A wizard did it.

Did a wizard do it? No, it was engagement.

Mickey Chandler: "If you already have a good program, then mailing inactives isn’t likely to hurt you much. On the other hand, 6 or 8 times per month I’ll see a client who is having their mail delivered to the bulk folder trim their sends back to their most highly engaged recipients and things start appearing in the inbox again. The reason why isn’t magical, it’s engagement."

It's not all spam, is it?

Over on the Mainsleaze blog, Catherine Jefferson points out that the Obama campaign is sending mail both to an address she purposely signed up to receive their mailings, and also to a spamtrap address.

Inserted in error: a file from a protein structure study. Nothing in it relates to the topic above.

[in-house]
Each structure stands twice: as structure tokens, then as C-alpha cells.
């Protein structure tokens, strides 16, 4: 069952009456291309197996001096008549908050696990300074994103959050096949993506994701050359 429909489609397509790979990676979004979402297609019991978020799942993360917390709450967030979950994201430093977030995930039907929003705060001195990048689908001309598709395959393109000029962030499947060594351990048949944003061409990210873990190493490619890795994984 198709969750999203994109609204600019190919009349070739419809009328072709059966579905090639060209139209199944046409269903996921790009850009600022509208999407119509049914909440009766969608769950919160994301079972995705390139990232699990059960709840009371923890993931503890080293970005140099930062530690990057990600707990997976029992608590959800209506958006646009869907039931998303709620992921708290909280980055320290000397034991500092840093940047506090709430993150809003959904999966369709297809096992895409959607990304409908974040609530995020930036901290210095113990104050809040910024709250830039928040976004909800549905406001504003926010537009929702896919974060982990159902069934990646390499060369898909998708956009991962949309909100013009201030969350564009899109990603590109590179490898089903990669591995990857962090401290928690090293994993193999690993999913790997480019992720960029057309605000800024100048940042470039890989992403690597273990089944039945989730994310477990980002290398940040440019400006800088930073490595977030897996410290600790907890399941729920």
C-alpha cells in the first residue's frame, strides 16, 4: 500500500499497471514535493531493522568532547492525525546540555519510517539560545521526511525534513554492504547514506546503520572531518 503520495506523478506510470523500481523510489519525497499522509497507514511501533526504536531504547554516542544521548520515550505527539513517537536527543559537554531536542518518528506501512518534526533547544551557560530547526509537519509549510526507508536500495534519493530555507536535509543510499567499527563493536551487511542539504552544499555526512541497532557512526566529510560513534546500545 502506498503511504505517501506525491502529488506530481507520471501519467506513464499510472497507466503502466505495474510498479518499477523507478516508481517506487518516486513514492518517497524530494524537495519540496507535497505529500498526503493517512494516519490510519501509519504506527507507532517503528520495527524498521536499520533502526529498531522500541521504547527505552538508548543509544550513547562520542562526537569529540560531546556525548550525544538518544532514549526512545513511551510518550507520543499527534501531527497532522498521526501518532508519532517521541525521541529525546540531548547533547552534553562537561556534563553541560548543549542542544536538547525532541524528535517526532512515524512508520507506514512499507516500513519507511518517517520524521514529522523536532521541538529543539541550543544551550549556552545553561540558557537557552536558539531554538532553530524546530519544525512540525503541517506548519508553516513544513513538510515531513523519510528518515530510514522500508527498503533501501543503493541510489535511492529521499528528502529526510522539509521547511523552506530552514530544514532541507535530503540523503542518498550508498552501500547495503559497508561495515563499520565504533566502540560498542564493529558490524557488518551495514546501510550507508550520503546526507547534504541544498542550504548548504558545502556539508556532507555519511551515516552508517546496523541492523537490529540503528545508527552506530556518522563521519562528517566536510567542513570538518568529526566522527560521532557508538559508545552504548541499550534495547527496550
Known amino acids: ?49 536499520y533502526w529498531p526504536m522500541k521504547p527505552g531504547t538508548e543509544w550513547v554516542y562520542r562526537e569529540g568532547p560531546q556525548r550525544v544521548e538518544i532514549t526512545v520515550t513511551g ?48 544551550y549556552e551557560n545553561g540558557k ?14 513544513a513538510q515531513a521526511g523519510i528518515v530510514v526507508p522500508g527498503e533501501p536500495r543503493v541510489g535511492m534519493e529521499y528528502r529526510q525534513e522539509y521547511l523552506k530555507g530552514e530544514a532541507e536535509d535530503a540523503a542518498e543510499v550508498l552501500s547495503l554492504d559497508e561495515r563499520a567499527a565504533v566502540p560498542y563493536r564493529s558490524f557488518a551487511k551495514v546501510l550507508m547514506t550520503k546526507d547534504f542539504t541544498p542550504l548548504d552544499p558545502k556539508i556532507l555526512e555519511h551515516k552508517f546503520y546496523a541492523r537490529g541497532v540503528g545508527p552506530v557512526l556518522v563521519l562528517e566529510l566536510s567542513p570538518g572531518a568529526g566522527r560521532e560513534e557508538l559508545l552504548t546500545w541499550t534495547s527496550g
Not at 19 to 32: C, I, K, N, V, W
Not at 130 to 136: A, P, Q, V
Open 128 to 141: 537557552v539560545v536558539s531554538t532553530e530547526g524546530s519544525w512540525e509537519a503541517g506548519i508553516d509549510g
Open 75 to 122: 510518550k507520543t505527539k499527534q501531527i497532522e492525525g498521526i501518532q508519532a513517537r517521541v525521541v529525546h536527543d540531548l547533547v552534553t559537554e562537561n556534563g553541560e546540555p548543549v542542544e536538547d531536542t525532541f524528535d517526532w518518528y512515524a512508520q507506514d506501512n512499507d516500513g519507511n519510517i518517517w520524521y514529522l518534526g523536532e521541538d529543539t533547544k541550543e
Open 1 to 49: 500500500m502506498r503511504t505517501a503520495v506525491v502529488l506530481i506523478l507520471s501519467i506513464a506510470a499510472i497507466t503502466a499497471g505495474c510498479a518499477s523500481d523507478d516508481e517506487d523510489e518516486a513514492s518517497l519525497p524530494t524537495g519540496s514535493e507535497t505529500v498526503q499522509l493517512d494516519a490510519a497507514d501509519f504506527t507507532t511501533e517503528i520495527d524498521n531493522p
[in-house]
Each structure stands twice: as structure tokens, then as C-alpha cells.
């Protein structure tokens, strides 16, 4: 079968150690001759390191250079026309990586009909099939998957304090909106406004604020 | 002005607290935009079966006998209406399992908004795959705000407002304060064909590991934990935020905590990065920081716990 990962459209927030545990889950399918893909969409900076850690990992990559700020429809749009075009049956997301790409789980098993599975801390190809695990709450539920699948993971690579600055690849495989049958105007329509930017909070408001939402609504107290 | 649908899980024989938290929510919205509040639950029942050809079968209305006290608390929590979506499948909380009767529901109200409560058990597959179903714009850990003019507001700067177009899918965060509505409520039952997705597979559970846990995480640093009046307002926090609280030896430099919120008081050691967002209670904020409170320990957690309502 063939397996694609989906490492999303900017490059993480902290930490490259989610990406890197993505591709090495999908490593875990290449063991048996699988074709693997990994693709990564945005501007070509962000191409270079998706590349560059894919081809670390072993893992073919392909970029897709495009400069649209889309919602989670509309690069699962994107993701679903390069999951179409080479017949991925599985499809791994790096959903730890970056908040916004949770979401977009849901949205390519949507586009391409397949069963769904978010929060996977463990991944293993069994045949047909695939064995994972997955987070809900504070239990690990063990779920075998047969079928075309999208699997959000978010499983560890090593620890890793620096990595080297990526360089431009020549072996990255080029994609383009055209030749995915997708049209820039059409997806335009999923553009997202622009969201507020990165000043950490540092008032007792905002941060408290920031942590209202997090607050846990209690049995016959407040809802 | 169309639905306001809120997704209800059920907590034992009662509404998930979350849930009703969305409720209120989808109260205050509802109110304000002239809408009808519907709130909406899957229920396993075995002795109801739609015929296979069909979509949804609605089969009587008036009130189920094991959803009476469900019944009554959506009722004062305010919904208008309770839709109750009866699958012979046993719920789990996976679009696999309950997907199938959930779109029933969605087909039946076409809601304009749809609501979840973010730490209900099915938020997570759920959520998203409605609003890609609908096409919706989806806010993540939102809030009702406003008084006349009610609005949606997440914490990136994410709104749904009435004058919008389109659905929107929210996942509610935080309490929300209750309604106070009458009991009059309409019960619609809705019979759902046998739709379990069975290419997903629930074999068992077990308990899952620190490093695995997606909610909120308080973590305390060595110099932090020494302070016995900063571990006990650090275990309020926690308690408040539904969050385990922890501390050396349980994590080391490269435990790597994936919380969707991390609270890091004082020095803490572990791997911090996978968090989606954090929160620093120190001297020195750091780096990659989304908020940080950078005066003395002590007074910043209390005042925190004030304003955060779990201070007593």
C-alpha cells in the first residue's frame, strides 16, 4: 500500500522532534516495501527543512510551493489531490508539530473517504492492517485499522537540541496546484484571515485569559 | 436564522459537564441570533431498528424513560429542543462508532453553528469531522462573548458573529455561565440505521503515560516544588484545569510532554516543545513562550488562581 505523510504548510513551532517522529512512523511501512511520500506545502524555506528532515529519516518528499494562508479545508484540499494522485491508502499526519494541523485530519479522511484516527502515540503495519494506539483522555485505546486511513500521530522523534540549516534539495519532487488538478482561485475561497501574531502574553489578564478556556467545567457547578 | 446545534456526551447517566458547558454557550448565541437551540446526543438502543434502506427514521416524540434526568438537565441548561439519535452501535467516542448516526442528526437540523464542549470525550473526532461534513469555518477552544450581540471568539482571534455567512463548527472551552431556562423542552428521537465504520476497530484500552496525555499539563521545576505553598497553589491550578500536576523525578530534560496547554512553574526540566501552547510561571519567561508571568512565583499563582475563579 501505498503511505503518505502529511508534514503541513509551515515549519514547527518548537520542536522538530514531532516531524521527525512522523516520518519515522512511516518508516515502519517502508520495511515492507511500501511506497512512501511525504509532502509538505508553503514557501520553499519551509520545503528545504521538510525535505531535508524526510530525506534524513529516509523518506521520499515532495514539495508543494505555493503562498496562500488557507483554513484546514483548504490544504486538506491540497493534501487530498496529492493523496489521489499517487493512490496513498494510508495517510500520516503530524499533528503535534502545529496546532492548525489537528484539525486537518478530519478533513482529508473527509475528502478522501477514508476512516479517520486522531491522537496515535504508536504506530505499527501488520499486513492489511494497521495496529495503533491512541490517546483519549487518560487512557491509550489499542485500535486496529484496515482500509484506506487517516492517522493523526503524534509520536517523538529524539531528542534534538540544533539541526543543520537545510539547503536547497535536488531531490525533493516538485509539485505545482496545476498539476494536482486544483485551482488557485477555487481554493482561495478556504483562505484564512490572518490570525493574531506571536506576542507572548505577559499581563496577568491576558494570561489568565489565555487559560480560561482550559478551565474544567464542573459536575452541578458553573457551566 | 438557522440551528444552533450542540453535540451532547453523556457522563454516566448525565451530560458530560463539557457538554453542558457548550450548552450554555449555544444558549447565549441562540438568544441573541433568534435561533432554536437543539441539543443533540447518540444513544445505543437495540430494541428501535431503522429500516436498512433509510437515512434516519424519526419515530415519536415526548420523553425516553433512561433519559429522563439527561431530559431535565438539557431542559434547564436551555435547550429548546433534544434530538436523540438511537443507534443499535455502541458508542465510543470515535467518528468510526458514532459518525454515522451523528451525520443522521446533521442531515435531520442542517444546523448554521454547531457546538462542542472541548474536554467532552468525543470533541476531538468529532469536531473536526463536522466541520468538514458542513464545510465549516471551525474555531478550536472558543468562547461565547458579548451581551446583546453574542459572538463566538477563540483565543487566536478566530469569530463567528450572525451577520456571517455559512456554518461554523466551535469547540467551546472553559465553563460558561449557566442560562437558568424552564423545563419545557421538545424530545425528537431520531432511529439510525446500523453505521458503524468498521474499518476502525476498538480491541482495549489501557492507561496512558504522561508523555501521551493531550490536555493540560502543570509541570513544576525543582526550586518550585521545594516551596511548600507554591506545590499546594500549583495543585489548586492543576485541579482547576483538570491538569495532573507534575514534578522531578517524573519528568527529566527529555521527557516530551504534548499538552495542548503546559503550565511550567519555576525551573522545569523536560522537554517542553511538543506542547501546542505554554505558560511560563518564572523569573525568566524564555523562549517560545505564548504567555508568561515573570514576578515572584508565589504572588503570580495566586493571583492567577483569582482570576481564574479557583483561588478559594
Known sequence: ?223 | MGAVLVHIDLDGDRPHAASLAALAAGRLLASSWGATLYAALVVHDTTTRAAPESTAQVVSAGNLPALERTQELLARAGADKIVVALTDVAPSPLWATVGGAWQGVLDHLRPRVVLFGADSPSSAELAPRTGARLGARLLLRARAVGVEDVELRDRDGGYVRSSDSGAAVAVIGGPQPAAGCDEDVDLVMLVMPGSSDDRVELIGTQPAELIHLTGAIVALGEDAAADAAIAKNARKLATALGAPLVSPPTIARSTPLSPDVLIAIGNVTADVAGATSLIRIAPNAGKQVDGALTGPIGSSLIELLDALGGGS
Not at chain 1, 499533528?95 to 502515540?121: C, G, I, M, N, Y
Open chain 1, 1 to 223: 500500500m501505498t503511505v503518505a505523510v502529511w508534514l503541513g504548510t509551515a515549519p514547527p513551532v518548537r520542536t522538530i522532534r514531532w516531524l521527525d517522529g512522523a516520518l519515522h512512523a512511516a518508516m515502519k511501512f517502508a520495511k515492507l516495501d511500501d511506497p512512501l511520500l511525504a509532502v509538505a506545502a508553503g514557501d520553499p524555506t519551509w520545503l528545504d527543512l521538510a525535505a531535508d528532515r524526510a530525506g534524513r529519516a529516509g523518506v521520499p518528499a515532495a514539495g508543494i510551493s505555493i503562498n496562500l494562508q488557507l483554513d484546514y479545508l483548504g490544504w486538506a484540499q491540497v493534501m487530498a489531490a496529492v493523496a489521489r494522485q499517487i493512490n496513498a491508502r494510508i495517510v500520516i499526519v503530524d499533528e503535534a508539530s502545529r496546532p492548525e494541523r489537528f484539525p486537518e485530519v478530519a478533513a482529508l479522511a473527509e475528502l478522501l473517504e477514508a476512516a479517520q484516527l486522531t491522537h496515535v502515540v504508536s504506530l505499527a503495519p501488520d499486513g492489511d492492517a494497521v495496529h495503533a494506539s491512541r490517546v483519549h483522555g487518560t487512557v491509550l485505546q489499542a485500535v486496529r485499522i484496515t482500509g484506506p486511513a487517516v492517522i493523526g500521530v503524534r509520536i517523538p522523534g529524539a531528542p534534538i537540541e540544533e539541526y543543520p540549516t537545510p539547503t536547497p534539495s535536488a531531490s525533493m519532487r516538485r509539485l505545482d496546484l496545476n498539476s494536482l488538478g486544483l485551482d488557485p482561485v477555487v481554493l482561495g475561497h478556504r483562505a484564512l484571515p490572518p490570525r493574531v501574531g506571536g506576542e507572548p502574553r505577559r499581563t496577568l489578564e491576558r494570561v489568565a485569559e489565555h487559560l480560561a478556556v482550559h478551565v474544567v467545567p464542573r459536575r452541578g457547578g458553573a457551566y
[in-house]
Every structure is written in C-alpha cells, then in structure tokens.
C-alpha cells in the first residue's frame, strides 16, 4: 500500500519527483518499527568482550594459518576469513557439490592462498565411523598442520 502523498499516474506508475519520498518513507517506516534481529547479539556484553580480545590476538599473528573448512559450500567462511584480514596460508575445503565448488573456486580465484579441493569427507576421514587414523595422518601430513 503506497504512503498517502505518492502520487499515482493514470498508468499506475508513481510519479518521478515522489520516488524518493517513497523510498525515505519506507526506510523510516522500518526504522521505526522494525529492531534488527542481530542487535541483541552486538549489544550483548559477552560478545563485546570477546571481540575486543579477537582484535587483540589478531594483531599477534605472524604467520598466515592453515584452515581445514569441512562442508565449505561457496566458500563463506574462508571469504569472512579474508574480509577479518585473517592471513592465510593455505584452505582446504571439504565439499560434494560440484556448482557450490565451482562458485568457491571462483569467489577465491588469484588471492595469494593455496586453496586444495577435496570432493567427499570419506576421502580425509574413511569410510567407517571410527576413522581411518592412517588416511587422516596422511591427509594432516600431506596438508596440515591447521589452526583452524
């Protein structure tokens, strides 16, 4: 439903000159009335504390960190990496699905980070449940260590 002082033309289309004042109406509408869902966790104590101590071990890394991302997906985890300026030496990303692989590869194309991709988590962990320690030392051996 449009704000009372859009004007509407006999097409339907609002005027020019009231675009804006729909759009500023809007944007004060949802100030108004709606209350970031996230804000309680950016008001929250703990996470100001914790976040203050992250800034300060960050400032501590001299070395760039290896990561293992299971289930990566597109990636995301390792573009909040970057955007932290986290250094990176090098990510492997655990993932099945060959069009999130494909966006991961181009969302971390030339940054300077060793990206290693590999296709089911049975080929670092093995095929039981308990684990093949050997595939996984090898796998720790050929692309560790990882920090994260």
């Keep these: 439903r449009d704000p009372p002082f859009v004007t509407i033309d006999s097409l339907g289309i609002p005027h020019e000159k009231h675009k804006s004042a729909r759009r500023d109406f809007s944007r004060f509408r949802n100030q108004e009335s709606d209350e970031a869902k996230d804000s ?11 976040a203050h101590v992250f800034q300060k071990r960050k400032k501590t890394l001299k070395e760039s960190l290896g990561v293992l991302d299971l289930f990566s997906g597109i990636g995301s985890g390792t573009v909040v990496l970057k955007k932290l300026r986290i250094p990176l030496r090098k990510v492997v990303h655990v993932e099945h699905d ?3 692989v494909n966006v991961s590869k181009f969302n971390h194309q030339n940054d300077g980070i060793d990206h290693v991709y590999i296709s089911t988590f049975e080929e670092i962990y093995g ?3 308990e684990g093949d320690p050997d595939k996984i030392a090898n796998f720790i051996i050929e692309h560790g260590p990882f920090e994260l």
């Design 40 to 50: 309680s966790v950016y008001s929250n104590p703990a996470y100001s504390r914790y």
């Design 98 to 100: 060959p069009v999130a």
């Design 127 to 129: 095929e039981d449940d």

What does a reputation system do with that? What should it do with that? If it's a reputation system that deals with just individual spamtrap hits, then that IP address is now tagged as having a bad reputation, because it hit a spamtrap address. But it's also sending wanted mail at the same time. A blacklist operator or an ISP postmaster might go either way on this -- you're hitting my spamtraps -- so I'll block you. But maybe my users will complain, so maybe I can't block it.

It's a bad situation for a sender to be in. They're sending mixed reputational signals. If you're really about staying in the inbox, shouldn't you be staying away from mixing bad lists or bad data into that good, wanted mail stream? I think you should.